Hi everyone today on Paws 4 Thought we’re pleased to introduce fantasy author, rocket scientist and cat lover, Stephanie Barr.
1) Which of your characters are you most like?
Most of my protagonist characters, including several side characters, are based on aspects of my own personality either gifted with traits I lack, taking that aspect to a much greater degree or both. Sometimes the aspects I lack are provided by people I know (a few exceptions like Lofar (short story) and Dante da Silv (Tarot Queen), both more based on my husband of the time).
Two in particular were focused on my being unusually bright (which does not get you friends) and my social awkwardness (not shyness) that makes me incredibly unpopular even today except among a few discerning folks. That’s Dylan Chroz of Saving Tessa and Nayna from the forthcoming Ideal Insurgent.
However, I’m probably most like Darma from Nine Lives. I know my own strengths, I’m smart, I’m not afraid to show it, but I’m also a dabbler, pushy, capable of quick changes of temper with moments of insecurity. And exceptionally protective.
2) What is important to you in your character building?
Strengths and weaknesses. Relatability. Depth. Growth. Sheesh so many things. Intelligence. Most of my characters are smart and I generally use brains over brawn to solve problems. Sarcasm is pretty popular, too.HUMOR! Too many books just aren’t funny enough.
I like characters that challenge stereotypes, that force readers to reexamine their preconceived notions or open them to new perspectives.
3) How much do you know about your characters ahead of time?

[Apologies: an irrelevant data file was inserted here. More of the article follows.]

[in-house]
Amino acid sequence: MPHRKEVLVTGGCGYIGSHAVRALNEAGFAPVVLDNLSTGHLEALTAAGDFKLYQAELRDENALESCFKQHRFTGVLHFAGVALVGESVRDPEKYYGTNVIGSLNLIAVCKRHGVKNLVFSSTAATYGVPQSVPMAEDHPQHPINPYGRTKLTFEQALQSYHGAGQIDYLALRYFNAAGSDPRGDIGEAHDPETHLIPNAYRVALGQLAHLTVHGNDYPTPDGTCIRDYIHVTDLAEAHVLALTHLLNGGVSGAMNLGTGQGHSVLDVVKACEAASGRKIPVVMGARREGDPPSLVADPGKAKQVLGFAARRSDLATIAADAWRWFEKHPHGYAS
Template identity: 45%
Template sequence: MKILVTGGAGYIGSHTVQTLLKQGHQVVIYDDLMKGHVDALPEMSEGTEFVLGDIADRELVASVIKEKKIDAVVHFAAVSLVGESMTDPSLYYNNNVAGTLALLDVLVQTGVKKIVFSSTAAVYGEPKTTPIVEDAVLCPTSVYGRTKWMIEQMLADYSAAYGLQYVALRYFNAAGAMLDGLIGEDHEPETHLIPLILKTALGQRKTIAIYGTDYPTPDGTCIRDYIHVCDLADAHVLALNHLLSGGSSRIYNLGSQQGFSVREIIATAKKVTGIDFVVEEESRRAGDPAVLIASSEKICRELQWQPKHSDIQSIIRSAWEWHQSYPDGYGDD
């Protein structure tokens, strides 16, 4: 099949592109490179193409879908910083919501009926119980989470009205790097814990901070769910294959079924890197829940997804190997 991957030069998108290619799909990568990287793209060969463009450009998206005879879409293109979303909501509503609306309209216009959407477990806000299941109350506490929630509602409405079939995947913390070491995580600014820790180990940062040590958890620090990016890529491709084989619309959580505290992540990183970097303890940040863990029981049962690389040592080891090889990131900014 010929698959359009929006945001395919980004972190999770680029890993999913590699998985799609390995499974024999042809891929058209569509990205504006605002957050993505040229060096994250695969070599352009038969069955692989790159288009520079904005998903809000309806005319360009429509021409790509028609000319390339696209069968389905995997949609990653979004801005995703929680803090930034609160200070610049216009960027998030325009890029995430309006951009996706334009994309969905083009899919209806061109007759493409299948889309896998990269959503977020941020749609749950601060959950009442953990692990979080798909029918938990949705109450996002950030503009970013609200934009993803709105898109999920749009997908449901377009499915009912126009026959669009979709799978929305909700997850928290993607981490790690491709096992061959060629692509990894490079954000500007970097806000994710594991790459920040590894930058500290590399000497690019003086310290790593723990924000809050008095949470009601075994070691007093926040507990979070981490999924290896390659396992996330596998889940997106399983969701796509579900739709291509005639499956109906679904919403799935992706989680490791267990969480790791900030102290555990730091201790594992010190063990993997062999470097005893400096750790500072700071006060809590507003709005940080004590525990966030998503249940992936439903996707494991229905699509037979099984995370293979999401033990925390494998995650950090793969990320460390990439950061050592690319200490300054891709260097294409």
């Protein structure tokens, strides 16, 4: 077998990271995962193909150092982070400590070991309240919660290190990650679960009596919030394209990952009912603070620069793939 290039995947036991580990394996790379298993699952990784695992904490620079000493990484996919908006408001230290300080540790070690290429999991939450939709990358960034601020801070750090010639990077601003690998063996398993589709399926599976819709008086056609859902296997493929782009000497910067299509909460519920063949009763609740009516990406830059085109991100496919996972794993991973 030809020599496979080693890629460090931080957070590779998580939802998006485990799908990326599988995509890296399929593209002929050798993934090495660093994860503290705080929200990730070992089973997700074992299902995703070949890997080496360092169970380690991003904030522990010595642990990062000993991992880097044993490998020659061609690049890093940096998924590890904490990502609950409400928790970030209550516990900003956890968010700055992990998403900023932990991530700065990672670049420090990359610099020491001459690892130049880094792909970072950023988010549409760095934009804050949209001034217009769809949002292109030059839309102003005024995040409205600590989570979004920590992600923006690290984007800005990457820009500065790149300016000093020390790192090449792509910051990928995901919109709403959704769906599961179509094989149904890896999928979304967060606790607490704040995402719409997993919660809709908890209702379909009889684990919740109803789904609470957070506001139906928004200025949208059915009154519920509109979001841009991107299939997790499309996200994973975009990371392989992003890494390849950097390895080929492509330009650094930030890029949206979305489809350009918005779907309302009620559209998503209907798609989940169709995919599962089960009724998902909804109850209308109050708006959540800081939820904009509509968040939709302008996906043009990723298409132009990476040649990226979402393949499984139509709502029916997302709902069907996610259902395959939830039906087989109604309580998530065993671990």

Before I put even one word to paper, I usually have a very good sense of who the character is, how they’d react, what shaped them, where they need to grow. Not what they look like. That’s rarely a key factor for me and I’ve had to be reminded a few times to even mention that.
I might not know everything consciously, but my subconscious will have it in my head and cough key details rationales, mindsets in the story that solidify my original thought. I’m a total pantser when writing a story, but not the characters; they’re always true to my original vision.
4) What genre do you admire but not write?
Truly well-researched historical fiction. Some of my favorite books are from this category (Hawaii, Shogun, etc) I’m a perfectionist and I’d have to have it exactly right, and I love research, but the amount of research to get every detail correct takes a lot of time and organization, two things I rarely have. It’s not that I couldn’t do it if I was really compelled, but, at least so far, I haven’t felt more compelled than I am for my speculative fiction that requires relatively little research.
5) What haven’t you tackled yet but plan to?
I’m a single mother with three kids–two at home and on the autistic spectrum. More than one person has encouraged me to take some of the little vignettes I’ve written on facebook and compile them into a book to encourage other parents of autistic kids, not only that they’re not alone for the challenging pieces but to really steep themselves in the joy of the fun and unique pieces.
Check out some of Stephanie’s books:
Also Stephanie has an awesome story in Sins of the Gods – the most recent release of my Sins of Time anthology group.